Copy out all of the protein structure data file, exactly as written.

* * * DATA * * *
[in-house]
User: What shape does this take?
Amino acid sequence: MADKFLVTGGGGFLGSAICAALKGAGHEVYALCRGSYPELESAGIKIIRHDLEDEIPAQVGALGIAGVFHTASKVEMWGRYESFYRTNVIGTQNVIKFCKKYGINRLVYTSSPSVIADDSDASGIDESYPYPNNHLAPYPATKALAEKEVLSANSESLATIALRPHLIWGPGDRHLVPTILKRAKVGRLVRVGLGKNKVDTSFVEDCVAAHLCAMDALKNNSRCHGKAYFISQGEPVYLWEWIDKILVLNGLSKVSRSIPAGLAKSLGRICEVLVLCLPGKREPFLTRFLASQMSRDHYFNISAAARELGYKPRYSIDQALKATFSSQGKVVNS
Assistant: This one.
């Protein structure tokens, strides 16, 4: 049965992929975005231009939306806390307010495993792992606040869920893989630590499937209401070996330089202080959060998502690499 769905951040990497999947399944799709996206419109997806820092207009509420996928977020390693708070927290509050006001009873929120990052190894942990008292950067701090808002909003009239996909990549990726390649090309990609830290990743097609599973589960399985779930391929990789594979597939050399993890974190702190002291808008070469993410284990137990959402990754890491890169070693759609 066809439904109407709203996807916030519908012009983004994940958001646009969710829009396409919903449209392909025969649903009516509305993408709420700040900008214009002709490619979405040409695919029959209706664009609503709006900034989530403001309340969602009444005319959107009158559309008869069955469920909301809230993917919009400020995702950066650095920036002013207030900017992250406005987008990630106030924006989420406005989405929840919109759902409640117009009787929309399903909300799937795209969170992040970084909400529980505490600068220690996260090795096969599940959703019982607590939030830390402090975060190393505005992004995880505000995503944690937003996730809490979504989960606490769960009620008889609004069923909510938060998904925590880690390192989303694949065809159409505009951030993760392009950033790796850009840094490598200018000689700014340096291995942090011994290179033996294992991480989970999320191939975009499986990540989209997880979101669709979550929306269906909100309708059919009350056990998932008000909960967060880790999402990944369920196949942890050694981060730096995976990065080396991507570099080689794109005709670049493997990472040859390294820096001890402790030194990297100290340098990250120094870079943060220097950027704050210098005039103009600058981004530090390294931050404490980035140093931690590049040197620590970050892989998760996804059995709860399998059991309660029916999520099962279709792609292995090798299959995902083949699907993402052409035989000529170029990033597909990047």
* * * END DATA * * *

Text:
[in-house]
User: What shape does this take?
Amino acid sequence: MADKFLVTGGGGFLGSAICAALKGAGHEVYALCRGSYPELESAGIKIIRHDLEDEIPAQVGALGIAGVFHTASKVEMWGRYESFYRTNVIGTQNVIKFCKKYGINRLVYTSSPSVIADDSDASGIDESYPYPNNHLAPYPATKALAEKEVLSANSESLATIALRPHLIWGPGDRHLVPTILKRAKVGRLVRVGLGKNKVDTSFVEDCVAAHLCAMDALKNNSRCHGKAYFISQGEPVYLWEWIDKILVLNGLSKVSRSIPAGLAKSLGRICEVLVLCLPGKREPFLTRFLASQMSRDHYFNISAAARELGYKPRYSIDQALKATFSSQGKVVNS
Assistant: This one.
């Protein structure tokens, strides 16, 4: 049965992929975005231009939306806390307010495993792992606040869920893989630590499937209401070996330089202080959060998502690499 769905951040990497999947399944799709996206419109997806820092207009509420996928977020390693708070927290509050006001009873929120990052190894942990008292950067701090808002909003009239996909990549990726390649090309990609830290990743097609599973589960399985779930391929990789594979597939050399993890974190702190002291808008070469993410284990137990959402990754890491890169070693759609 066809439904109407709203996807916030519908012009983004994940958001646009969710829009396409919903449209392909025969649903009516509305993408709420700040900008214009002709490619979405040409695919029959209706664009609503709006900034989530403001309340969602009444005319959107009158559309008869069955469920909301809230993917919009400020995702950066650095920036002013207030900017992250406005987008990630106030924006989420406005989405929840919109759902409640117009009787929309399903909300799937795209969170992040970084909400529980505490600068220690996260090795096969599940959703019982607590939030830390402090975060190393505005992004995880505000995503944690937003996730809490979504989960606490769960009620008889609004069923909510938060998904925590880690390192989303694949065809159409505009951030993760392009950033790796850009840094490598200018000689700014340096291995942090011994290179033996294992991480989970999320191939975009499986990540989209997880979101669709979550929306269906909100309708059919009350056990998932008000909960967060880790999402990944369920196949942890050694981060730096995976990065080396991507570099080689794109005709670049493997990472040859390294820096001890402790030194990297100290340098990250120094870079943060220097950027704050210098005039103009600058981004530090390294931050404490980035140093931690590049040197620590970050892989998760996804059995709860399998059991309660029916999520099962279709792609292995090798299959995902083949699907993402052409035989000529170029990033597909990047």